When and how should we party now? That’s a question I often hear: when is it appropriate to celebrate Christmas, in the evening or on the day itself? New Year’s Eve, that’s pretty simple: you count down to midnight when the twelve strokes of the clock sound and the champagne comes out. But many cannot wait. I usually don’t either.
For Christmas, that’s a different matter. With the years of commerce, people have started blowing up Christmas Eve as if it were a new year too. It used to be different.
Back in time
In many Christian cultures – which have not yet been affected too much by the extortionate spending obligations of the supermarkets – Christmas Eve is not a celebration. The British, who are now also wondering when Christmas should actually be, remember that Christmas Eve served to put up the Christmas tree, with the children in bed. Then they would wake up in the morning with oh’s and ah’s and presents, and everyone happy. If you put up the tree on the day after Sinterklaas, that surprise effect is of course completely gone. If I remember the stories of my grandparents’ generation, it was true: Christmas was on Christmas Day and New Years was celebrated on New Years, not the night before. Everyone had to go to bed on time.
In France, the whole country has been maddened so much that it wouldn’t be Christmas if there weren’t oysters, lobster, champagne and foie gras on the table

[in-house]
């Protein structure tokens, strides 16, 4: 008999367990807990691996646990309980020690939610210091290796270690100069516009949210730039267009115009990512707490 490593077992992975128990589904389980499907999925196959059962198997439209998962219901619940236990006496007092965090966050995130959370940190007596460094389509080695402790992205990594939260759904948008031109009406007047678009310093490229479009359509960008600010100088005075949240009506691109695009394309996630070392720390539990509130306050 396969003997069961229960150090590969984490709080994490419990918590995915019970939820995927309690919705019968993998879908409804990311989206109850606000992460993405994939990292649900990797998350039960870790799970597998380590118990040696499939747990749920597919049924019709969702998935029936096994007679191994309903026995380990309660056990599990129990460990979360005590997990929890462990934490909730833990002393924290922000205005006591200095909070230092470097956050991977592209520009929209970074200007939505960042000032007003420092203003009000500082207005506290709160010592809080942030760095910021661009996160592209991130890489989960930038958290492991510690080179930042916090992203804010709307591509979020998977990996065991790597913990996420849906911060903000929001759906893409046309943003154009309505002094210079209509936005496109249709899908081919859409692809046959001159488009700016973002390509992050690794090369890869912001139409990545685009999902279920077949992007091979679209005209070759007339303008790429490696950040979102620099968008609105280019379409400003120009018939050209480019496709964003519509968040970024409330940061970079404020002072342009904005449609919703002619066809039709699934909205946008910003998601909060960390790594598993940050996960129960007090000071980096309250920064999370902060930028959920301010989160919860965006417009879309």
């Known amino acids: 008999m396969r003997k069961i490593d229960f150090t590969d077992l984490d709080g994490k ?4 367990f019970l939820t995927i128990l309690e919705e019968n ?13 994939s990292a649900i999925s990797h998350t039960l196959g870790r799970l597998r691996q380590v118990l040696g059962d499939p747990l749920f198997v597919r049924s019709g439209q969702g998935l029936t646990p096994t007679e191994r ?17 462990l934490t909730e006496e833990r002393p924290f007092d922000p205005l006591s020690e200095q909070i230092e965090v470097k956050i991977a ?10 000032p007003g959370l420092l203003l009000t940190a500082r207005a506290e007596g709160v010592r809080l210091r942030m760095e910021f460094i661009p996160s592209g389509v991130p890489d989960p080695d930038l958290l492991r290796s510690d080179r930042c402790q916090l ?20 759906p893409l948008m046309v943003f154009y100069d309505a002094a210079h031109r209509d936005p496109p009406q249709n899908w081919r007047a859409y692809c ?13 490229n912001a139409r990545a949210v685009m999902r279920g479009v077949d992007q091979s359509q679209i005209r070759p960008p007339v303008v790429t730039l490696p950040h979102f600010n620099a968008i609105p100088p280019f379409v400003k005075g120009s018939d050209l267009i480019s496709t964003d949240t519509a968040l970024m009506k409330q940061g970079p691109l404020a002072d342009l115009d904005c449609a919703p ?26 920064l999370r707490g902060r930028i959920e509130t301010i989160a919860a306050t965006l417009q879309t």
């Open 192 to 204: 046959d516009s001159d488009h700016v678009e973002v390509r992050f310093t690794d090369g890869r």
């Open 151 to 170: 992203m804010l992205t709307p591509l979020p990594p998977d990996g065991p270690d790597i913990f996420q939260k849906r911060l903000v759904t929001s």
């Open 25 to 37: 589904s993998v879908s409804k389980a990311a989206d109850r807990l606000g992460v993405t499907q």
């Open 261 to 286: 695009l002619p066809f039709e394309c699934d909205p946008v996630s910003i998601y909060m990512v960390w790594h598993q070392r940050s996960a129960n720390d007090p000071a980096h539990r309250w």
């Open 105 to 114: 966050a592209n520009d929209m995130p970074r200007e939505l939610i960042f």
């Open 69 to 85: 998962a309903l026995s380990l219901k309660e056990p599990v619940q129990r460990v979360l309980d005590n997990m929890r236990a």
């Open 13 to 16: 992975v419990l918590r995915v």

Attention to food
In more southern Christian communities, Christmas Eve is a day of fasting, Christmas Eve. No meat! Italians (I’m not allowed to generalize, Italy is a very diverse country) ate something like eel or other river fish on Christmas Eve. This has led to the ‘feast of the seven fish’ among the Italian Americans (feast of the seven fishes). It had been that way since the days of early Christianity. The day before a party, people eat sparingly. And fish, the pre-eminent Christian symbol, is also the basis of the evening meal on our continent: in Poland and the Czech Republic it is pre-eminently carp. In France, the whole country has been maddened so much that it wouldn’t be Christmas if there weren’t oysters, lobster, champagne and foie gras on the table. That is one of the reasons why foie gras has become such a detested product. It used to be an exceptional delicacy for the rich, grown by the farmer herself. Today it is a supermarket product produced in industrial conditions. Because it has to be cheap.
At Christmas, the French all drink champagne, or at least Crémant d’Alsace, a popular alternative. But all things considered: oysters, lobster and caviar may not be a sign of fasting and penance, but for our ancestors they symbolized meatlessness. And foie gras comes from an aquatic animal, duck or goose, which used to be considered half a fish.
First Christmas Day
The next day: the real Christmas Day, starts with a breakfast of Christmas bread. The German Stollen, in the Netherlands a pigeon hangover, a fine white bread. The family feast, meanwhile, is associated with turkey almost everywhere. No idea how that came about, but probably through the Anglo-Saxons, stolen from Thanksgiving in America. Before Americanization, pork was eaten here, as it still is in Central Europe. In the Czech Republic it is said that touching a pig on New Year brings good luck. In England, pig’s head (brawn) a regional tradition.
But whatever you do, dear friends, let your celebrations be a prediction of a joyous 2022. From January, cut back on fast food and learn to cook for yourself again, as we did last year. Making food is giving love. Happy New Year and… Enjoy
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Out snout, the year ends – When do you drink the bubbly? – Food log